Quantifying the foodshed: a systematic review of urban food flow and local food self-sufficiency research


Cities are net consumers of food from local and global hinterlands. Urban foodshed analysis is a quantitative approach for examining links between urban consumers and rural agricultural production by mapping food flow networks or estimating the potential for local food self-sufficiency (LFS). However, at present, the lack of a coherent methodological framework and research agenda limits the potential to compare different cities and regions as well as to cumulate knowledge. We conduct a review of 42 peer-reviewed publications on foodsheds (identified from a subset of 829 publications) from 1979 to 2019 that quantify LFS, food supply, or food flows on the urban or regional scale. We define and characterize these studies into three main foodshed types: (1) agricultural capacity, which estimate LFS potential or local foodshed size required to meet food demands; (2) food flow, which trace food movements and embodied resources or emissions; and (3) hybrid, which combine both approaches and study dynamics between imports, exports, and LFS. LFS capacity studies are the most common type but the majority of cases we found in the literature were from cities or regions in the Global North with underrepresentation of rapidly urbanizing regions of the Global South. We use a synthetic framework with ten criteria to further classify foodshed studies, which illustrates the challenges ofquantitatively comparing results across studies with different methodologies. Core research priorities from our review include the need to explore the interplay between LFS capacity and interregional food trade (both imports and exports) for foodsheds. Hybrid methodologies are particularly relevant to examining such dependency relationships in food systems by incorporating food flows into LFS capacity assessment. Foodshed analysis can inform policy related to multiple components of sustainable food systems, including navigating the social and environmental benefits and tradeoffs of sourcing food locally, regionally, and globally.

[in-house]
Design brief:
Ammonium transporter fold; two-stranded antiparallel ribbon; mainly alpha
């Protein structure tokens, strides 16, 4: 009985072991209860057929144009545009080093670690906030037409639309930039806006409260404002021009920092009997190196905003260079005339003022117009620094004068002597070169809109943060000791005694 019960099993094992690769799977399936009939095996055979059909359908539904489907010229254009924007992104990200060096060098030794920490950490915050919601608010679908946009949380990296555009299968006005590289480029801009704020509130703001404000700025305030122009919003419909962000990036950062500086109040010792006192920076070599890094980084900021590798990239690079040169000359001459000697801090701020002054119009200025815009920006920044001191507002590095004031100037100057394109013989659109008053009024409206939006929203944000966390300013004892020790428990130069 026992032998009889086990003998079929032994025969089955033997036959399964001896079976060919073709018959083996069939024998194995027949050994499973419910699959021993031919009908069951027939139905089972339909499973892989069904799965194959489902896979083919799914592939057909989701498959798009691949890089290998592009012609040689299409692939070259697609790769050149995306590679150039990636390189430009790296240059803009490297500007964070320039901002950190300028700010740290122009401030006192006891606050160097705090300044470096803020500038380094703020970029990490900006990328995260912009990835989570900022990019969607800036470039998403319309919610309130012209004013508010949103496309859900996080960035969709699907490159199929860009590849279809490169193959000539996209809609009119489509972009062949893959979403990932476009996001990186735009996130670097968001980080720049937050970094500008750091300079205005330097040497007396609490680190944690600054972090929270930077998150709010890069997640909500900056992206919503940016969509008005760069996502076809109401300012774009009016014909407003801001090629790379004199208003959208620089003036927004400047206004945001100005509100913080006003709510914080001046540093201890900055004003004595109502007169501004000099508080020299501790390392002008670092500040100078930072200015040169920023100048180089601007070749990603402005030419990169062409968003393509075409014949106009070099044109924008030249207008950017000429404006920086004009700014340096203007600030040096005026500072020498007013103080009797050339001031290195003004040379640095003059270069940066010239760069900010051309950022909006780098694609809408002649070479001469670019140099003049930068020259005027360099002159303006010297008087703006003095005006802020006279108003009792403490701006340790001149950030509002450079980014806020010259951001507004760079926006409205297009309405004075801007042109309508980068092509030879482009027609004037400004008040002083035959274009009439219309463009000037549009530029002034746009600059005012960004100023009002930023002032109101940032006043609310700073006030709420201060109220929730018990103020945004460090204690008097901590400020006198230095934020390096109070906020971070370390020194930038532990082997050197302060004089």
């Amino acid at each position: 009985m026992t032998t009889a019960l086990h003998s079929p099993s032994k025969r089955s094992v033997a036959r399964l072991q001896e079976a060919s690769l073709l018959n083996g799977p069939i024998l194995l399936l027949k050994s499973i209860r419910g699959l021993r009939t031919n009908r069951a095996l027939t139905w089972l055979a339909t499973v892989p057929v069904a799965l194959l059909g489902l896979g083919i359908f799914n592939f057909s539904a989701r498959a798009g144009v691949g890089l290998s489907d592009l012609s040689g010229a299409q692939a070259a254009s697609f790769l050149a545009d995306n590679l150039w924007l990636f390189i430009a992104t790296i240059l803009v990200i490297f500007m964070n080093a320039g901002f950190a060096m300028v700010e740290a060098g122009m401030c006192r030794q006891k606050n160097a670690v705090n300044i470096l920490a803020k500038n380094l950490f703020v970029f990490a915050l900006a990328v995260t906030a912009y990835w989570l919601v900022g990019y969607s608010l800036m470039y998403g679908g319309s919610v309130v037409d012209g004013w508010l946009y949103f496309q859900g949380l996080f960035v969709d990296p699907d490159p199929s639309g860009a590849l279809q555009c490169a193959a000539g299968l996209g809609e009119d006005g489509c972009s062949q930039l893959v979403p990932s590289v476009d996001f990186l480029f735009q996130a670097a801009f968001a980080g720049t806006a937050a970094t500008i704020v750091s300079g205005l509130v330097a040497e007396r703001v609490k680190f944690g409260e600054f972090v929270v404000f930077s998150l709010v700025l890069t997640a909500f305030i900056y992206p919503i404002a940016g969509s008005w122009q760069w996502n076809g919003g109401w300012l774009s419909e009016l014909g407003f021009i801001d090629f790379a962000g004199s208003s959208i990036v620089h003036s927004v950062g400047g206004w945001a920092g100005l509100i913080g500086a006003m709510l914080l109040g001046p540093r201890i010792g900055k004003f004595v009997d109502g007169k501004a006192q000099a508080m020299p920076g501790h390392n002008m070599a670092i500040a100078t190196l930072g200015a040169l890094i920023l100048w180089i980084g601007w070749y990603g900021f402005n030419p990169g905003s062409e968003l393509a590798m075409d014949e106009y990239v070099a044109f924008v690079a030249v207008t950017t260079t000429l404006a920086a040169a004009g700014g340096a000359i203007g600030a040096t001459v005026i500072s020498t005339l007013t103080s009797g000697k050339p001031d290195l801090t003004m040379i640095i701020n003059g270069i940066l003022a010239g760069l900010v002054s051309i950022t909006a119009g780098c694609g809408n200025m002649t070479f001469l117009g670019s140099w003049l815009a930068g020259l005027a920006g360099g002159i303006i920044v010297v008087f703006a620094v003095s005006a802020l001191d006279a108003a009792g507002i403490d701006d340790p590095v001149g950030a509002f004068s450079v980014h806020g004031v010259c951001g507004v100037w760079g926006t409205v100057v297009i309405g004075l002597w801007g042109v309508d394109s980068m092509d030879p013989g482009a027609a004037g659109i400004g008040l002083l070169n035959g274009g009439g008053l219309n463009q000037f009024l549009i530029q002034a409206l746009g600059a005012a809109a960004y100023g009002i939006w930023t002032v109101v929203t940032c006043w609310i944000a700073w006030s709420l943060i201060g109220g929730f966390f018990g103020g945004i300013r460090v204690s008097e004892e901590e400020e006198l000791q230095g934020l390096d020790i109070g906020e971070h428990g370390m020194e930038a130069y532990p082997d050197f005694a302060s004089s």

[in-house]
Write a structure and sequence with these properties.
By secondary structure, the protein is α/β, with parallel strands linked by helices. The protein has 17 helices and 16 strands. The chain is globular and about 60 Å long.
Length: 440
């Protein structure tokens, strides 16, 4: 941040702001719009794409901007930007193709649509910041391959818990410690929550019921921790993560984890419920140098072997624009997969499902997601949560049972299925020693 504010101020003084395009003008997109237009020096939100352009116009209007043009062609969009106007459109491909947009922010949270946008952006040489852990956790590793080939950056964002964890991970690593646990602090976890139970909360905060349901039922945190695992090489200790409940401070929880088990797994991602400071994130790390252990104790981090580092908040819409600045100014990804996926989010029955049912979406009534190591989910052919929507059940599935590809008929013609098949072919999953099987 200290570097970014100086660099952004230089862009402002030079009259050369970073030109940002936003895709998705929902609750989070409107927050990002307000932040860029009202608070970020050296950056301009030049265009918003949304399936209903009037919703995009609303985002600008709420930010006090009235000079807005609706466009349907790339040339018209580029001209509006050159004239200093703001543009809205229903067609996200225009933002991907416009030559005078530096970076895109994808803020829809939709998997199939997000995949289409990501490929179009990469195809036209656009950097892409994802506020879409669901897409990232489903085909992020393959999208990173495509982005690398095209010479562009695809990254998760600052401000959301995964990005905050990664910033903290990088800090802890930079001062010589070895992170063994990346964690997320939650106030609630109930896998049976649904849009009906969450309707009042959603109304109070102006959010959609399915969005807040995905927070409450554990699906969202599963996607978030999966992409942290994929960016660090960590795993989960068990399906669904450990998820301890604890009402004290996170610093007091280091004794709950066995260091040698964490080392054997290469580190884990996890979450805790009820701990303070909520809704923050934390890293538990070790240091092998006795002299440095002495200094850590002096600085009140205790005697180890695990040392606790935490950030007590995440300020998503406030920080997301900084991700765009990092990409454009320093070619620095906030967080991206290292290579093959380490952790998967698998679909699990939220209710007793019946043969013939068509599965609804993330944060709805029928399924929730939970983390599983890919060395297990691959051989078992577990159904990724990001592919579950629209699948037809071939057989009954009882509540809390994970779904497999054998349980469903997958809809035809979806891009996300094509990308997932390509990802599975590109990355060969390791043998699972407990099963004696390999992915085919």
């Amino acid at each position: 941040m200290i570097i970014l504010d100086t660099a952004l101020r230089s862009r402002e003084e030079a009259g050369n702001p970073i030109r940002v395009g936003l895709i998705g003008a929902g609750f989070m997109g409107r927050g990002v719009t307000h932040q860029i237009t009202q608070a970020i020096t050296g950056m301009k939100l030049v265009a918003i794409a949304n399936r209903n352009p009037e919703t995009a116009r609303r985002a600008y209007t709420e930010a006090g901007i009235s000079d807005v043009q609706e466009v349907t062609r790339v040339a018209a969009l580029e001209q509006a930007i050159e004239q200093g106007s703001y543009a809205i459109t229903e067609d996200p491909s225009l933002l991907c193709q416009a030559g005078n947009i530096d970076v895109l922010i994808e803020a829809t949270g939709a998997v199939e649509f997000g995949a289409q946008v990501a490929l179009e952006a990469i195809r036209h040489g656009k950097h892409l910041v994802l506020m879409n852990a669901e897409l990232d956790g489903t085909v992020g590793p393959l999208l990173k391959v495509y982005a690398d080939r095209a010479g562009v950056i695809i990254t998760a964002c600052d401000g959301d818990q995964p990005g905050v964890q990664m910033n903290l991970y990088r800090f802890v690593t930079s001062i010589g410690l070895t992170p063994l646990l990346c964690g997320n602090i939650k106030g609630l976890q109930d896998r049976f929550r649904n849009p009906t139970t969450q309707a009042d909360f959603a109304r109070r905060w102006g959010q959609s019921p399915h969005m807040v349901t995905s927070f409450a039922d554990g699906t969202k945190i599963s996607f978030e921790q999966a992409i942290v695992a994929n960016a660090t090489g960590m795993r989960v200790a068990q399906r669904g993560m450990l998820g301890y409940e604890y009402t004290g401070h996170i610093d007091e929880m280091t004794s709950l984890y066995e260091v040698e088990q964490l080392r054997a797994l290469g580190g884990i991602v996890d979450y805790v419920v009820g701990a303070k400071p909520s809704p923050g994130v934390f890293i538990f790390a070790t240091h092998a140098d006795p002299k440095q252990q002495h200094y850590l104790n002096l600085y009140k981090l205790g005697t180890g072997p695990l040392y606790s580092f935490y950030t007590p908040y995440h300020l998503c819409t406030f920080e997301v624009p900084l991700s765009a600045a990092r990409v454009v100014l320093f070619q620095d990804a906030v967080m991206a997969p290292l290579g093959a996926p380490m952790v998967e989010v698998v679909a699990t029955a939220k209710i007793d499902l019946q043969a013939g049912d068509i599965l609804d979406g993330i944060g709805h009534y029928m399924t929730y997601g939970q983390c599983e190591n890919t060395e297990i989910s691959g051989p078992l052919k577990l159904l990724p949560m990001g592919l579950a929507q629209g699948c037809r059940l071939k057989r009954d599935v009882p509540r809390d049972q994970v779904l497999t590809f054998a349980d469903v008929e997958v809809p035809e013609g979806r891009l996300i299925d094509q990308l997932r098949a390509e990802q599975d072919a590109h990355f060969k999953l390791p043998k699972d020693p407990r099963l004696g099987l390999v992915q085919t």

Environmental Research Letters, 16(2), 023003
Brian E Robinson
Brian E Robinson
Associate Professor

My research interests include land systems, social-ecological policy, and statistics.